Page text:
Environmental concerns and evidence of illegally low wages in parts of the fashion industry.
Online “fast-fashion” retailers have been called to answer questions before parliament about their business models in response to environmental concerns and evidence of illegally low wages in parts of the industry.
The environmental audit committee of MPs has requested that Boohoo, Missguided and Asos, three of the biggest online-only retailers in the UK, give evidence at a hearing this month about fast fashion. It has also sent letters asking a series of detailed questions to these three retailers, as well as Amazon and PrettyLittleThing. Online fast-fashion brands have enjoyed success catering to what Boohoo calls the “aspirational thrift” of young millennials.
They sell clothes that are often made close to home so that they can be produced more quickly in response to customer trends. “Our recent evidence hearing raised alarm bells about the fast-growing online-only retail sector,” said Mary Creagh, the committee’s chair. “Low-quality £5 dresses aimed at young people are said to be made by workers on illegally low wages and are discarded almost instantly, causing mountains of non-recycled waste to pile up.”
The committee’s move follows an investigation by the Financial Times this year into garment factories in the UK city of Leicester, a popular manufacturing hub for many fast-fashion brands. Last week, the Environmental Audit Committee asked the FT to give evidence about its investigation at a parliamentary hearing. Recommended FT Magazine Dark factories: labour exploitation in Britain’s garment industry The FT found that part of the sector ignored employment law, with workers paid as little as £3.50 an hour when the minimum wage for over-25s is £7.83.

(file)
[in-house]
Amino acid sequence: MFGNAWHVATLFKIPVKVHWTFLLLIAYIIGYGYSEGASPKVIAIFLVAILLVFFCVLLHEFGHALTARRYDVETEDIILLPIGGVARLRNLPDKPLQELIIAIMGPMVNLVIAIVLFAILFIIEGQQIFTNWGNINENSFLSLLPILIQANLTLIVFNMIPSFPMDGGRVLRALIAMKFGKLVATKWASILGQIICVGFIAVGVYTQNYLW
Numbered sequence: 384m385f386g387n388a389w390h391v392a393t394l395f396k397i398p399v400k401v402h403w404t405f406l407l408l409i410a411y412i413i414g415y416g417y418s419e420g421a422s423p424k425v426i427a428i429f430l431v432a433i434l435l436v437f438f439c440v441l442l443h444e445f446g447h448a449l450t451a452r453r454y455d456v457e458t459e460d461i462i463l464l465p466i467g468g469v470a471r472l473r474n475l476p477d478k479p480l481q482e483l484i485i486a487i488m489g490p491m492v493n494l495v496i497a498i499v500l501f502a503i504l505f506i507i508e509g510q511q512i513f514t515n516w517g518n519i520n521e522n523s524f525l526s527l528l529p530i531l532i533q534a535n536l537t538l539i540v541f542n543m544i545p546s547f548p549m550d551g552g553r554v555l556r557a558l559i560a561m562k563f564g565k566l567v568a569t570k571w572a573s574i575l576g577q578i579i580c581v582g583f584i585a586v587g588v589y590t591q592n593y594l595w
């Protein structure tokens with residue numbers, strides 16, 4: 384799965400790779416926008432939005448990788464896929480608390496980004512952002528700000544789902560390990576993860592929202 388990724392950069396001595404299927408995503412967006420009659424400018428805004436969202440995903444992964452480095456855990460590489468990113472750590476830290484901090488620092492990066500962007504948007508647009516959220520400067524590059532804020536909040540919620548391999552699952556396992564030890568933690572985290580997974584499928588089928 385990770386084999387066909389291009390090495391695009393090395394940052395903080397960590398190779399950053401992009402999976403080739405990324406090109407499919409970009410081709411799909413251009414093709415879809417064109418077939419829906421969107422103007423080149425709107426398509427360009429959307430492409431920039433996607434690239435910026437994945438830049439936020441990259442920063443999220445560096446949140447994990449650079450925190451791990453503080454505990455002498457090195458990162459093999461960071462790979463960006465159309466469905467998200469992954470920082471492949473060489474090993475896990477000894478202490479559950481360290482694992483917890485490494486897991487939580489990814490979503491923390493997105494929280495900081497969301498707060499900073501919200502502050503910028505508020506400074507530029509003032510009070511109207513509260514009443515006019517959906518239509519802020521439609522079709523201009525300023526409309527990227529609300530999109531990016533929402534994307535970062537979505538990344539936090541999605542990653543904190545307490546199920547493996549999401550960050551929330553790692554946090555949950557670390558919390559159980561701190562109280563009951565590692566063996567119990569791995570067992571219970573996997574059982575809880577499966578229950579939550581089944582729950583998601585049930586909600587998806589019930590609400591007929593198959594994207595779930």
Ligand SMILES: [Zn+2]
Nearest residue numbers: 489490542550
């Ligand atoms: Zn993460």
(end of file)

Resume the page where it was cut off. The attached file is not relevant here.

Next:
A report by the government’s director of labour market enforcement described a “perceived culture of impunity” in parts of the city’s garment industry. Retailers which source from Leicester insist that they audit their suppliers to make sure they do not exploit workers, but manufacturers say that unauthorised subcontracting is common.
A number of factory owners told the FT that the low prices demanded by many retailers made it impossible for them to improve standards. Some retailers such as Asos, which is a member of the Ethical Trading Initiative, have tried to improve standards in Leicester and have sharply reduced the number of suppliers they use in the city.
The committee is also concerned that the shift towards very low-cost fast fashion is leading to a throwaway clothes culture, which is generating excessive waste. “We want to know that they are fully compliant with employment law, that garments have a decent lifespan, and that profit is not put before environmental damage,” Ms Creagh said. Missguided said: “We’ll be writing to the committee. While we’re a relatively small player in UK fashion, we’re very proud of what we’ve been doing through our membership of the Ethical Trading Initiative to address industry issues.” Asos said it was “looking forward to co-operating with the committee”.
Amazon and Boohoo, which also owns PrettyLittleThing, declined to comment.